Coastal Resilience

Project Overview

Coastal Resilience is a web-based decision-support tool that combines spatial data on coastal habitat and human communities, allowing users to evaluate vulnerabilities to various scenarios such as sea level rise and coastal storms. The tool provides analyses of impacts from various sea level rise scenarios, such as miles of roads inundated, and includes vulnerability assessments such as mapping low areas in dike systems that may be at risk from overtopping. The project was led by Mr. Fuller while at The Nature Conservancy and completed in partnership with Mr. Grossman, The Spatial Institute, and others. The tool was incorporated into The Nature Conservancy’s global Coastal Resilience mapping network, and the development site is maintained by The Spatial Institute which continues to improve and add functions.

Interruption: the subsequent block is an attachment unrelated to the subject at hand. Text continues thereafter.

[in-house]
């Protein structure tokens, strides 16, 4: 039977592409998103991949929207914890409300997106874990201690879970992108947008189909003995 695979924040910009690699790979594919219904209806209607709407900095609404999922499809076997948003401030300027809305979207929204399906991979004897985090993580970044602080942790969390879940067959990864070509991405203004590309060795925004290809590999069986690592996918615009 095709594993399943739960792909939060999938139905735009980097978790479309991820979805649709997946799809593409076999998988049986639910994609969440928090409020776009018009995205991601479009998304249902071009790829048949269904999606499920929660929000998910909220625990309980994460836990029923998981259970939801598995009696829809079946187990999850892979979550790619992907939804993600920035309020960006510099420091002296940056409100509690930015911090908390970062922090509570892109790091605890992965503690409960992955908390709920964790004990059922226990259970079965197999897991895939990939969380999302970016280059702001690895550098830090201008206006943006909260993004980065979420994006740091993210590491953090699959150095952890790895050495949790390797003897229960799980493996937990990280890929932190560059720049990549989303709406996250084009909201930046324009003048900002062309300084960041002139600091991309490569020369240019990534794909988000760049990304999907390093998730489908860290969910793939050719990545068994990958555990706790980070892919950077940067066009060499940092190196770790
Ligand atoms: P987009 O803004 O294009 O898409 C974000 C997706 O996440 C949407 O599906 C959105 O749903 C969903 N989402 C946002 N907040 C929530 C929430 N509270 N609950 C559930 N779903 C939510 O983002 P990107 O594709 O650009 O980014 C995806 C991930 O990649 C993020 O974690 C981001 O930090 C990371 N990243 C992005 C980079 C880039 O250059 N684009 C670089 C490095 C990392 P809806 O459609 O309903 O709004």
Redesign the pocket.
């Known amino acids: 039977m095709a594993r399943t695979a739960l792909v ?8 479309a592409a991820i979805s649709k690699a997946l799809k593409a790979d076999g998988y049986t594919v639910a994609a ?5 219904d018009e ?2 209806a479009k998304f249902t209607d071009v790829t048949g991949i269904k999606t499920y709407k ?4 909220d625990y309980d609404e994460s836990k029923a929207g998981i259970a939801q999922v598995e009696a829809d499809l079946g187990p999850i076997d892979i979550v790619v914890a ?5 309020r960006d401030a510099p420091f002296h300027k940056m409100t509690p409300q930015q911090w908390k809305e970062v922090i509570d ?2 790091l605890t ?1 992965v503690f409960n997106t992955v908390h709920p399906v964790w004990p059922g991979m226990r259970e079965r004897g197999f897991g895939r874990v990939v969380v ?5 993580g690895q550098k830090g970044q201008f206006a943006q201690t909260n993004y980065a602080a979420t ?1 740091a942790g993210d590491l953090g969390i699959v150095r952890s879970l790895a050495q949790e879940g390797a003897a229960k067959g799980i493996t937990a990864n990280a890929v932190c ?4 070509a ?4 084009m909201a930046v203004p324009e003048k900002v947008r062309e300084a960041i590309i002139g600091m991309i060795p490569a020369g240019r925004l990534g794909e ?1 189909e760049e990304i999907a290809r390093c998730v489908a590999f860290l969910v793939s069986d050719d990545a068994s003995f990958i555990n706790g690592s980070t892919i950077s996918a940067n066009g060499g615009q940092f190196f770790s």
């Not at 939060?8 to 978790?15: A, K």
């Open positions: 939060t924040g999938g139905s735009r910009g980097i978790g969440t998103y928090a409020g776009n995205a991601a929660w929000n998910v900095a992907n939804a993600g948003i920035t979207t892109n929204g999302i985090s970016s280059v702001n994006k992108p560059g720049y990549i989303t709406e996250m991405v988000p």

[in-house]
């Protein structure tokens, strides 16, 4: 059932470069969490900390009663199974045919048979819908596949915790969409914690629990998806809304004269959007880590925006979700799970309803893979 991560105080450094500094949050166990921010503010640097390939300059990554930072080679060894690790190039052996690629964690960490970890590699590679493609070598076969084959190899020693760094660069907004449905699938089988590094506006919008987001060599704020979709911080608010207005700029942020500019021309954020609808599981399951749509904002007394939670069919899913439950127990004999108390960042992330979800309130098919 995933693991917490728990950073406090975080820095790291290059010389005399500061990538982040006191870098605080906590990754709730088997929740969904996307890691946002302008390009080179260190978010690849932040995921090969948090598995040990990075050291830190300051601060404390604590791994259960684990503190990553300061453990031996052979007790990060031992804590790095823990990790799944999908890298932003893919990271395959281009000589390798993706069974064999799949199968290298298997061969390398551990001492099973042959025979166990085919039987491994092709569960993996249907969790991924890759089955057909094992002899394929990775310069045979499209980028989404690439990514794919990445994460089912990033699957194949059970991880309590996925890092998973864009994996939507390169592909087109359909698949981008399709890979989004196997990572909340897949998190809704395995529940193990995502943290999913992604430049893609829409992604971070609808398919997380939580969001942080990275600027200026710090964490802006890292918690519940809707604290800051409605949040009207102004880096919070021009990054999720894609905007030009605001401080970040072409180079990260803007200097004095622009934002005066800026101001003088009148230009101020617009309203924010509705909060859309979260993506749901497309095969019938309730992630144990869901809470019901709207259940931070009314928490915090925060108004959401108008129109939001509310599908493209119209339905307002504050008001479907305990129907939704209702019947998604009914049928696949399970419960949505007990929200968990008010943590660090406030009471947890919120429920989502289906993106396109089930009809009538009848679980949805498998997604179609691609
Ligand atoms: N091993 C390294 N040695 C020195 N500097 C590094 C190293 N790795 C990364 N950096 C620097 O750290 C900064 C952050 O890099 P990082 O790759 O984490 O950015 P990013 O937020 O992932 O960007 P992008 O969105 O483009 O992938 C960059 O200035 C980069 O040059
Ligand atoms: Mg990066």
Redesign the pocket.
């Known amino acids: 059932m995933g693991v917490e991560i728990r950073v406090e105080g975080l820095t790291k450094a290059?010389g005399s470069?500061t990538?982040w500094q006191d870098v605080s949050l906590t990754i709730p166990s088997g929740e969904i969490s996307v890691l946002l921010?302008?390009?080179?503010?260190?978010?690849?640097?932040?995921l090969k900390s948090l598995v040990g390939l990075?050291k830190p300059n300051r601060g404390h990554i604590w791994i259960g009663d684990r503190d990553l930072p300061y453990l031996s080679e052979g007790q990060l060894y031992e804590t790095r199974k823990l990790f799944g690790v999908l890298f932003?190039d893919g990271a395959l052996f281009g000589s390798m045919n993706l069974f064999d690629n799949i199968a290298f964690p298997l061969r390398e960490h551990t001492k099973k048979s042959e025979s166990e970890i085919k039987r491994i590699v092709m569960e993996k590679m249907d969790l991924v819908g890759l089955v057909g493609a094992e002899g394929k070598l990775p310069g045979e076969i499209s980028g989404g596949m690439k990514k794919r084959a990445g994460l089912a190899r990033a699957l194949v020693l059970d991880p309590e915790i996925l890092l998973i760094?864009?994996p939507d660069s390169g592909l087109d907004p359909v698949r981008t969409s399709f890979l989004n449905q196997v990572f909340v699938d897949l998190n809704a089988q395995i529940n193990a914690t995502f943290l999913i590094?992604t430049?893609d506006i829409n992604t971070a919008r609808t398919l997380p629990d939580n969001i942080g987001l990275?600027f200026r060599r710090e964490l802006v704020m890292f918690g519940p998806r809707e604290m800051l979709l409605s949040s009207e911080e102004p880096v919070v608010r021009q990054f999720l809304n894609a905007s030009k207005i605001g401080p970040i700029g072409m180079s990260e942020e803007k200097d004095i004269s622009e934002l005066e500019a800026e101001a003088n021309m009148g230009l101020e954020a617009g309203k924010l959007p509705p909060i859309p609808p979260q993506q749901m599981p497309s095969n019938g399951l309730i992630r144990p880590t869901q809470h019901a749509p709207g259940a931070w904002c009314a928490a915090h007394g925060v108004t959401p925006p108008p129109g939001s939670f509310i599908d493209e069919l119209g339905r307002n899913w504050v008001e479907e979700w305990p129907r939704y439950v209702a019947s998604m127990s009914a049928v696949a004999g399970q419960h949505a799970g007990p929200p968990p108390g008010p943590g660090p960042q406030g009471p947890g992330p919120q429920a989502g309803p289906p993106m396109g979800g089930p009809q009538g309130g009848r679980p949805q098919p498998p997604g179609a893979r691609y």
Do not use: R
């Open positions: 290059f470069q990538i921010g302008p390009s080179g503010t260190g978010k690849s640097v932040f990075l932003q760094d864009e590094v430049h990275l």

Incorporated into The Nature Conservancy’s global tool is an app called Coastal Defense which was also developed by our team in collaboration with The Natural Capital Project. Coastal Defense models the effect of tidal marshes and eelgrass on the attenuation of storm wave energy and height. The app allows users to visualize the role of current coastal habitats in protecting coastal communities from erosion and flooding. It also allows users to alter the extent and condition of habitat and levee systems in order to assess the effect of alternative management choices on flood risk. The app has been extended to include oyster reefs and is now available for the Gulf of Mexico where it is used to identify priority places for oyster reef restoration.

This project was completed as part of a larger project evaluating the vulnerability and resilience of Puget Sound estuaries and coastal communities to climate change.